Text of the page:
6. RUNNING GAGS
Throughout all the episodes there are a plethora of running gags such as:
Charlie is a perpetual glue or paint sniffer.
Charlie ‘loves’ and stalks the Waitress.
Frank and Charlie are garbage scavengers.
Frank always tries some underhanded money-making scheme.
Dee is a terrible stand-up comedian.
Dee has terrible taste in men who all suffer at her hands.
Dee is mocked for being a bird.
Cricket’s life and body is destroyed by the Gang.
The McPoyle family are the Gang’s sworn enemies.
Dennis thinks he’s the most intelligent but is just as dumb as the rest.
Mac thinks he’s a brilliant bodyguard with great fighting moves but isn’t.
Everyone thinks Mac is gay but he doesn’t know or admit it!
The Gang ALWAYS destroy Dee’s cars.
Dennis is a committed “lady-killer” with sociopathic tendencies.
Charlie does all the dirty work!
The Gang will promote ridiculous products such as: Kitten Mittens, Wolf Cola and Fight-Milk!
The Gang ALWAYS dumbfound and conflict with figures of authority including: Police; Lawyers; Health & Safety; Doctors; Therapists etc.
These and many more provide the spine for the show and give it a depth and wealth of humour throughout.
Similar to South Park many people who haven’t seen the show may think that It’s Always Sunny is just a gross and base comedy show. However, many of the episodes show the Gang attempting to resolve a national or international capitalist crisis. Usually led by Frank’s desire to screw someone over or simply because they prefer ill thought out and hair-brained schemes to actual proper work these episodes successfully satirise the world today. My particular favourites include: The Gang Runs for Office, The Gang Solve the Gas Crisis, The Great Recession and The Gang Recycles Their Trash all demonstrate a finger-on-the-pulse of political and social satire; albeit from a completely ridiculous angle.
In some respect the dialogue is some of the most disgusting words ever committed to TV. In fact I’m amazed there isn’t more controversy for some of the episodes. However, like the characters it remains on the fringe of the TV schedules remaining cult viewing. Here are just a few of their classic quotes:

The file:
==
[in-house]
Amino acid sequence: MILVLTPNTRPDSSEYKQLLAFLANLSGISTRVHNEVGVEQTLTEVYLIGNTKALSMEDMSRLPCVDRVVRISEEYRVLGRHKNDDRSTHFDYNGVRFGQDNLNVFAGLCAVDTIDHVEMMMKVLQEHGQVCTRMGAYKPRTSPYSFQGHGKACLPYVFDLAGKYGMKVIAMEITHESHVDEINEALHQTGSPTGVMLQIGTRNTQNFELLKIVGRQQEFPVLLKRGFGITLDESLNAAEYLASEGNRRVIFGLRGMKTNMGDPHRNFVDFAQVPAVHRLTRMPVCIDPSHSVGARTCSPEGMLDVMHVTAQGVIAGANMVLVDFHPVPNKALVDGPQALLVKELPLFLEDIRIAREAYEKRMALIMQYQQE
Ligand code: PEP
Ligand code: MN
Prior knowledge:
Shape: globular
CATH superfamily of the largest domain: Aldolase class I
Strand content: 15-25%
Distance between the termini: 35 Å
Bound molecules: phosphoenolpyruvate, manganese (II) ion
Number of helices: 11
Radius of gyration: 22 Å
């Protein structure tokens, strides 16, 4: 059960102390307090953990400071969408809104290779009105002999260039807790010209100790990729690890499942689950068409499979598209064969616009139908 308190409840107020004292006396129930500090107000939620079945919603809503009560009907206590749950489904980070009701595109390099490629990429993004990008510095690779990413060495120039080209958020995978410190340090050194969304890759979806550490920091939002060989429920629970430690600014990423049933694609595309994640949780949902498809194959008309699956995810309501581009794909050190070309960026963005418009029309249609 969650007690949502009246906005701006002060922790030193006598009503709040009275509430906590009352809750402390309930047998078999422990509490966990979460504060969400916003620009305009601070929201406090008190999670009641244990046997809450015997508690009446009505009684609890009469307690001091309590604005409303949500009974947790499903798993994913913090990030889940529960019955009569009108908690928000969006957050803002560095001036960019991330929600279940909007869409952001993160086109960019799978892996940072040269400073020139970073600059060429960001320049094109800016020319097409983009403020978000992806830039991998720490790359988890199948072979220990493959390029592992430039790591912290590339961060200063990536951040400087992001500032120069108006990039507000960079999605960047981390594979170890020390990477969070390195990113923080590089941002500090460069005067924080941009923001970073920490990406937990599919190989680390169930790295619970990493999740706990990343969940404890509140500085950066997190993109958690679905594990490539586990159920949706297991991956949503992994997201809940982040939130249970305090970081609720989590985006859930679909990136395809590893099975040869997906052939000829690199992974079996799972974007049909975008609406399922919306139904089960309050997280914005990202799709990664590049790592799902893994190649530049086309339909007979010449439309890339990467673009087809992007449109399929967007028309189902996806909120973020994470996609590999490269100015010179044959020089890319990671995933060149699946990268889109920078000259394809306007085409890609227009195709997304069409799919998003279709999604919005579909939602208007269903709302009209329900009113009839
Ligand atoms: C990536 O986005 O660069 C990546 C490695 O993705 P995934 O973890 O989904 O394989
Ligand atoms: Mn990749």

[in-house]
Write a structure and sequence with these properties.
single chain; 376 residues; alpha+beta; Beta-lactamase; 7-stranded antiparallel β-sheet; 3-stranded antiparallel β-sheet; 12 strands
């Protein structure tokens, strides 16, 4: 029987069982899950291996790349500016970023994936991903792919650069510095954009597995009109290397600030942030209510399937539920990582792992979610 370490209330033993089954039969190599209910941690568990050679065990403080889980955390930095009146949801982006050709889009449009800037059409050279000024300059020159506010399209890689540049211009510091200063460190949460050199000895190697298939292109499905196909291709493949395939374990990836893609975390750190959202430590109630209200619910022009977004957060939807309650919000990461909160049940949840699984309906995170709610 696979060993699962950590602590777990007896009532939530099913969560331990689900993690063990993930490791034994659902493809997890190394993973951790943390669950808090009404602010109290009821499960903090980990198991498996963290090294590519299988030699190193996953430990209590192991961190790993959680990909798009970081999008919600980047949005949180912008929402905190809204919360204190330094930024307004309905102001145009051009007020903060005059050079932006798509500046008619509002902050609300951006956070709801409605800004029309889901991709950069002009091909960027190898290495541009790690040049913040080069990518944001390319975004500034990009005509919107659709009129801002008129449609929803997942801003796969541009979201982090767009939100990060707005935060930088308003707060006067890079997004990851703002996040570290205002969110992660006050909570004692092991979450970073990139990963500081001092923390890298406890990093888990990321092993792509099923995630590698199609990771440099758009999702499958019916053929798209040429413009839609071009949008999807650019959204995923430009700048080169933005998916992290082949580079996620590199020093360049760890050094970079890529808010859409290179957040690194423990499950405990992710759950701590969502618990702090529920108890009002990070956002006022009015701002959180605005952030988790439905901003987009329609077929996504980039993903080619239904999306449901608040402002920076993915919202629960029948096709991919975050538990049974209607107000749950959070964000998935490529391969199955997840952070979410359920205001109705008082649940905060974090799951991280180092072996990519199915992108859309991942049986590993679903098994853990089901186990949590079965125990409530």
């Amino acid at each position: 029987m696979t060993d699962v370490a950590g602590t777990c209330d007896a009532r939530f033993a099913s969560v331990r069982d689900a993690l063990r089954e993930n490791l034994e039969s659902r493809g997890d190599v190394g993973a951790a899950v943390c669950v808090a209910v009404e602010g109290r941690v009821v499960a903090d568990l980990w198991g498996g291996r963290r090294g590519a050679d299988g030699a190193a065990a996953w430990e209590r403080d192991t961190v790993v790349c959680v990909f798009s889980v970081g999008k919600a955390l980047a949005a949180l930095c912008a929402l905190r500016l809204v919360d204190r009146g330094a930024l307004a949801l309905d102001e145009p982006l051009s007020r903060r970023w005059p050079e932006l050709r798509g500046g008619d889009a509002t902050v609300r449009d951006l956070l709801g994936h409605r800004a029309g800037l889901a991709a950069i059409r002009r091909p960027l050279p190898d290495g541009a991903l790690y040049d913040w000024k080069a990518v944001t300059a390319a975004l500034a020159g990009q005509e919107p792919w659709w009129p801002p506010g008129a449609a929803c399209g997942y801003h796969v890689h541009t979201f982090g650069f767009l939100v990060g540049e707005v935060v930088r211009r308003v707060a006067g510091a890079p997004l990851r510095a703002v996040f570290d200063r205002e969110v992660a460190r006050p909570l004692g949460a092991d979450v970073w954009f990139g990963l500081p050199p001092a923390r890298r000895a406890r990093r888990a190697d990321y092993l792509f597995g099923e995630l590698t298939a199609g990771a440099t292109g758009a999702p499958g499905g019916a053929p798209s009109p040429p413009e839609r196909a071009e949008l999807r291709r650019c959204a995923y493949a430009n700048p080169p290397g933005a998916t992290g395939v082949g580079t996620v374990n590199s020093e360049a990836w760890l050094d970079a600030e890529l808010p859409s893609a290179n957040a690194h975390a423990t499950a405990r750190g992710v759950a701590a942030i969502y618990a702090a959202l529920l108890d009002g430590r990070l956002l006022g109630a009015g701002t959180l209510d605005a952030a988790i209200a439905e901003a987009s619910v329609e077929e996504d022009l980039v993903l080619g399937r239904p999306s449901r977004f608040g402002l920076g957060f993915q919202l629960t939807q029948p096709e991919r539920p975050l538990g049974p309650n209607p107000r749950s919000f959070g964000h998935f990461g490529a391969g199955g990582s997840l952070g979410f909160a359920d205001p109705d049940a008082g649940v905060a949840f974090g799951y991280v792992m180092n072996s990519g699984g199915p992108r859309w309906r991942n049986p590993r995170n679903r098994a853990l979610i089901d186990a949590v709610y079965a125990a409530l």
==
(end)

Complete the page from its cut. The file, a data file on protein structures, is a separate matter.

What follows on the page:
“Hey-o! What’s up, bitches!” Mac
“Wildcard, bitches! Yee-haw!” Charlie
“I browned out that evening.” Mac
“You keep using this word “jabroni. It’s awesome!”Charlie
“If you’re in my room, you’re always being filmed.” Dennis
“I’m not fat. I’m cultivating mass.”Fat Mac
“Your mom doesn’t know dick! She’s a dumb, fat cow!” Sweet Dee
“Fight Milk! The first alcoholic protein drink for bodyguards!” Mac
In the latest season there is a wonderful cameo from Scott Bakula where his 1980s character Sam Beckett is shown to have jumped into the body of an old black man. Bakula features throughout with a wonderful hang-dog desperation as to how he ended up in such a crazy situation. Other cameos include: filmmaker Guillermo Del Doro and Games of Thrones writers David Benioff and D. B. Weiss who have actually written the Flowers for Charlie episode and guest-starred in one two. Other guest stars include: Josh Groban, Sinbad, Puff Daddy, Dax Shephard, Tom Sizemore and my personal favourite Sean William Scott as Country Mac. I think the appearance of said celebrities is not enough to get the laughs, but the writers often use them parodically and the actors really get into the craziness of the show.
Like many great contemporary comedies including South Park, Father Ted and The Simpsons many of the shows episodes are clearly influenced by the makers love of music, movies, TV and radio. Episodes parodying musicals, 1980s ski/sex comedies, gangsters, Reality makeover shows, animated kids programmes, horror films, detective and cop shows and many more. In Season 11 they parodied Oscar winning Birdman (2014) by filming the show in one-take to a jazz score and in Season 12 But the show doesn’t just mention or take plots from certain genres it mocks but it pays tributes to specific films too. For example in Season 9 they even made Lethal Weapon 6 with hilarious results.
Believe it or not the rag-tag-weirdo-idiot-boy Charlie (Charlie Day) is a songwriter of some ill-repute. The best examples of his music can be found in the legendary episode The Nightman Cometh where he gets the Gang to stage a musical for no apparent reason. It is complete and utter insanity but somehow actually works and the songs are pretty catchy too. Season 12 also finds the Gang stuck in The Wiz and having to sing their lines involuntarily. This is absolutely hilarious too as they attempt to find the rules of the parallel world they are trapped in.
12. LOW BUDGET
Incredibly the very first pilot episode was shot for $200 and ever since that the Gang and creators have stuck to the lower budget ideals of the debut season. In fact that is the strength of the show as they must use their writing and acting abilities to come up with ideas which do not need massive budgets or special effects. Indeed, the lo-fi charm of the show remains as it is from the first season. Okay, the Gang have got older and Mac got fatter and gayer but the same theme tune and credits play out in the current season as they did in the first; and that is very comforting to me, BITCHES!